Payumsh (Sage Grouse)
Before agricultural development, over-grazing, and pesticides, there was an abundant amount of Payumsh (Sage Grouse) in the Yakima Valley. Before the Yakima River was developed, there was abundant K'axnu (Sharptail Grouse). The original inhabitants of the valley have legends of these sacred animals. As it was shared with me by Russell Jim, former Tribal Councilman, Washaat Religious leader and Program Manager for the Yakama Nation Environmental Restoration and Waste Management they were feasted upon during first food feasts along with the jackrabbit, cottontail, goose, and ducks. "Rarely do these foods make it on the table at feast anymore. Some of them haven't been on the table since I was a young boy." He went on to add "each one of these foods has a specific nutrient that strengthens every part of our body. Elders used to be able to tell the people what each food did for the body. This food is a medicine embedded in our very DNA."
K'axnu (Sharptail Grouse)
Furthermore, there were songs and dances specific to this animal. The dance was centered around the movements the Payumsh made during its courting ritual in the late winter, early spring months. Many tribes across the Columbia Plateau and the Plains have interpretations of these songs and this dance. Some of them are tied to warrior society ceremonies and others are an interpretation of this sacred animal movements. For the Plains, the bird specific to the culture is the Greater Prairie Chicken. Yet despite the species differentiation, the courting rituals are quite similar.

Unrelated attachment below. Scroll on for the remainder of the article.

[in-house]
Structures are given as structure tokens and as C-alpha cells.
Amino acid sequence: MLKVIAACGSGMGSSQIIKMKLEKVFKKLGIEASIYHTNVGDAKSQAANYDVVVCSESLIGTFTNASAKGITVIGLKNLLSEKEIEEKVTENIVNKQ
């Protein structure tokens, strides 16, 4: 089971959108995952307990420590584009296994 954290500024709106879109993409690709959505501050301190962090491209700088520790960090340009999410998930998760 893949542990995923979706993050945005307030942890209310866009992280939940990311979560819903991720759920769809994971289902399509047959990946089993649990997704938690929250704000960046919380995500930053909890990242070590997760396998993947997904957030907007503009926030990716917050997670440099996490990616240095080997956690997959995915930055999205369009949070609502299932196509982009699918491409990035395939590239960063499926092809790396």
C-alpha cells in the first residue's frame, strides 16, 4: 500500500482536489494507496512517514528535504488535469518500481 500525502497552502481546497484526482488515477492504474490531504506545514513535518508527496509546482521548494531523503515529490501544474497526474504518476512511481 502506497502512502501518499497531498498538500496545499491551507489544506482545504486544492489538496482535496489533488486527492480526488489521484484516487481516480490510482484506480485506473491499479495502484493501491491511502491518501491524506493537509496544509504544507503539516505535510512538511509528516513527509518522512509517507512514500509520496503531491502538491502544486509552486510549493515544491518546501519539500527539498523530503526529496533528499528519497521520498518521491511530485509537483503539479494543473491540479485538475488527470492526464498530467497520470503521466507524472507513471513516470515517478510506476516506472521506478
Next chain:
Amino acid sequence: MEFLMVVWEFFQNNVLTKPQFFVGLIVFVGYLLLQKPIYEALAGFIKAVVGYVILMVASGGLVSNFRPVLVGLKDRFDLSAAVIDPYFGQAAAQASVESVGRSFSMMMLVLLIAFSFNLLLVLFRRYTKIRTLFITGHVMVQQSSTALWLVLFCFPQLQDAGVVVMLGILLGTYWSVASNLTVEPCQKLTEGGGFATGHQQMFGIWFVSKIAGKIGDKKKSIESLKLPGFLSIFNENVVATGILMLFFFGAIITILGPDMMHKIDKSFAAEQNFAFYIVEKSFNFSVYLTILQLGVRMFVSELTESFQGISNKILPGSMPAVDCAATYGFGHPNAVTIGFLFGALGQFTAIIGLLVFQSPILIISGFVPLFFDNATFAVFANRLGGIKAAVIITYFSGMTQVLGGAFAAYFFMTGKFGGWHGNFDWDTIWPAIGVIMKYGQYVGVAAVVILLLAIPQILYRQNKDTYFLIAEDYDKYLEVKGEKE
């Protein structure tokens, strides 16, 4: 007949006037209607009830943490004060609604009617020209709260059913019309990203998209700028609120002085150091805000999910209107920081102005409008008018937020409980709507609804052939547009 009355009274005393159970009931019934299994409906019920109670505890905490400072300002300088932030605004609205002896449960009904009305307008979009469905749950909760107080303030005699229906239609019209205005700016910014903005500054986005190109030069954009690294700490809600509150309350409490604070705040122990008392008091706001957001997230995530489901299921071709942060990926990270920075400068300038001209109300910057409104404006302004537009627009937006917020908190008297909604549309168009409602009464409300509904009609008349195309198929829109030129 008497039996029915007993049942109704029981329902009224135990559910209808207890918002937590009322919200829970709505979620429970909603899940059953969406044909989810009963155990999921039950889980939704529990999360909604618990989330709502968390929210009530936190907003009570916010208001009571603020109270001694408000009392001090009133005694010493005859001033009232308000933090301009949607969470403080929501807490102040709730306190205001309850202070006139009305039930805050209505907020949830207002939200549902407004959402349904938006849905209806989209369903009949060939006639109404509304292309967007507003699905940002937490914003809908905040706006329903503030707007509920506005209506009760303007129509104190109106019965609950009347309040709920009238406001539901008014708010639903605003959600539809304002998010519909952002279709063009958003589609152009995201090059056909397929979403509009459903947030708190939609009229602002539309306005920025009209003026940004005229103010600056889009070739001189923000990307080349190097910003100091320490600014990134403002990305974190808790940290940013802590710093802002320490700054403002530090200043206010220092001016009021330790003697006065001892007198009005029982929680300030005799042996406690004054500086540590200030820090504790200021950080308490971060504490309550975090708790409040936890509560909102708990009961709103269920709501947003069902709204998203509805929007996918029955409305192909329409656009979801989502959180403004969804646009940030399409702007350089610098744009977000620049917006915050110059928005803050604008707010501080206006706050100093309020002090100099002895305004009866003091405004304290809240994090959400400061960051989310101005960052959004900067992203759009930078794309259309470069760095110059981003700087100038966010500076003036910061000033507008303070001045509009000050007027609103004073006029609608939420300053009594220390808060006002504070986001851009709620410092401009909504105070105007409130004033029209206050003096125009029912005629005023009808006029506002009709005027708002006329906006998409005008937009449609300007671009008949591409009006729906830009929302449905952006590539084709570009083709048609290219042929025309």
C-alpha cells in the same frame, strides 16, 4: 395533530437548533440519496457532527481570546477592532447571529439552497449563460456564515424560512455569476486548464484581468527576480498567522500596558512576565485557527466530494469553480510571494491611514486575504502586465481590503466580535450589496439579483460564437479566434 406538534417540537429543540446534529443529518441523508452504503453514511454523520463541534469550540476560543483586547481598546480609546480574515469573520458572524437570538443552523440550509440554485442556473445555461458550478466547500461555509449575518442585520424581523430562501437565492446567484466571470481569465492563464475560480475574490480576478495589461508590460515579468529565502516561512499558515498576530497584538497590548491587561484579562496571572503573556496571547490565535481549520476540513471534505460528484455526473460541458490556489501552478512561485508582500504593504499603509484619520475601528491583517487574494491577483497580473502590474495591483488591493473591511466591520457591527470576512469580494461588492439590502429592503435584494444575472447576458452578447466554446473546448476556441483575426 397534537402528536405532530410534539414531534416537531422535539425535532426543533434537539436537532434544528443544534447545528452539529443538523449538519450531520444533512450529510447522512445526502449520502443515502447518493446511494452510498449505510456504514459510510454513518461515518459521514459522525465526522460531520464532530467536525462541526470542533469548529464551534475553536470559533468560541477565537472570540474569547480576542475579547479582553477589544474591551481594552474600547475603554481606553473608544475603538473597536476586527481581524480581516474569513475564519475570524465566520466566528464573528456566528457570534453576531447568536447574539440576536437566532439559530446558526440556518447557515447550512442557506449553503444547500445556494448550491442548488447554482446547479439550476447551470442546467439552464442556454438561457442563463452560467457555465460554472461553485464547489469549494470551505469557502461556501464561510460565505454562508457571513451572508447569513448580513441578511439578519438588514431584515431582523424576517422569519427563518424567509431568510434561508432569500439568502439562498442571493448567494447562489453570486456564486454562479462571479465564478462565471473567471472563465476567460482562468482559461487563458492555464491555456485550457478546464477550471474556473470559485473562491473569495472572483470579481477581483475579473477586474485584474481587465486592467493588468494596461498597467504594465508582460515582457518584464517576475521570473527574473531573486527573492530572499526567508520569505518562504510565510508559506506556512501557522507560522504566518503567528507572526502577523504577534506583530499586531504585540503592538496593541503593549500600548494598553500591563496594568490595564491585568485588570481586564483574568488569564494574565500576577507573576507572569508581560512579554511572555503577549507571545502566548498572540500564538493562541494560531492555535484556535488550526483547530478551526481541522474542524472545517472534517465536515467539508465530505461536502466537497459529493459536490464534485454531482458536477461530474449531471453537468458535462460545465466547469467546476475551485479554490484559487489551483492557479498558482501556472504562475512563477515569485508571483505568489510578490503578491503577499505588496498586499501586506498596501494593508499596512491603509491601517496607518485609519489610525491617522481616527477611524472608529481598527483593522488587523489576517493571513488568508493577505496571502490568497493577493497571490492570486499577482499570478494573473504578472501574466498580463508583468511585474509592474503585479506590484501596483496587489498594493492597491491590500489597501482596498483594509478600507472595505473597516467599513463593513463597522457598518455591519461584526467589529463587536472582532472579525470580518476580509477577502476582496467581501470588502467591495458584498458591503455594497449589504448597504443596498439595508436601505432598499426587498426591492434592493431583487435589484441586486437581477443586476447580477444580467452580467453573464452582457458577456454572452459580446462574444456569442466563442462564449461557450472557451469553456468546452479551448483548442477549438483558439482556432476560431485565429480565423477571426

Payumsh displaying for females
After the extirpation of Payumsh and K'axnu, the feathers on the dancer's regalia began to change as the availability of feathers changed. The introduction of the Pheasant provided a new variation of feathers to replace the extirpated species. As time has passed, other more exotic feathers have been acquired from Asia and South America and are now utilized in the dance. However, the meaning, songs, and purpose of the dance remains the same and has now spread across Indian Country in Canada and the US to Tribes who historically never partook in this dance.
Canadian Blackfoot interpretation of the "Chicken Dance" at Standoff Alberta Canada
Within the last 15 years, the Yakama Nation Language Program and Cultural Resources Program conducted a language and oral history project of the Payumsh, its meaning to Yakama people and the historic uses. Several Tribal elders, who are now passed on, were interviewed for the sole purpose of learning about its significance to the oral history, diet, habitat and extirpation.
Within the last 10 years, the Yakama Nation Wildlife Program (https://www.ynwildlife.org/speciesprojects.php) has reintroduced Payumsh with the help and guidance of Yakama Tribal elders with the hopes that some day the numbers will be high enough that they will once again appear on the table at First Foods feasts. More work and research is required before the K'axnu can be reintroduced. The challenge is with the availability of habitat along the Yakima River corridor, which is highly developed where it was historically located.
This is the power that two little birds have on the oral history, biology, material culture and language of Yakama people.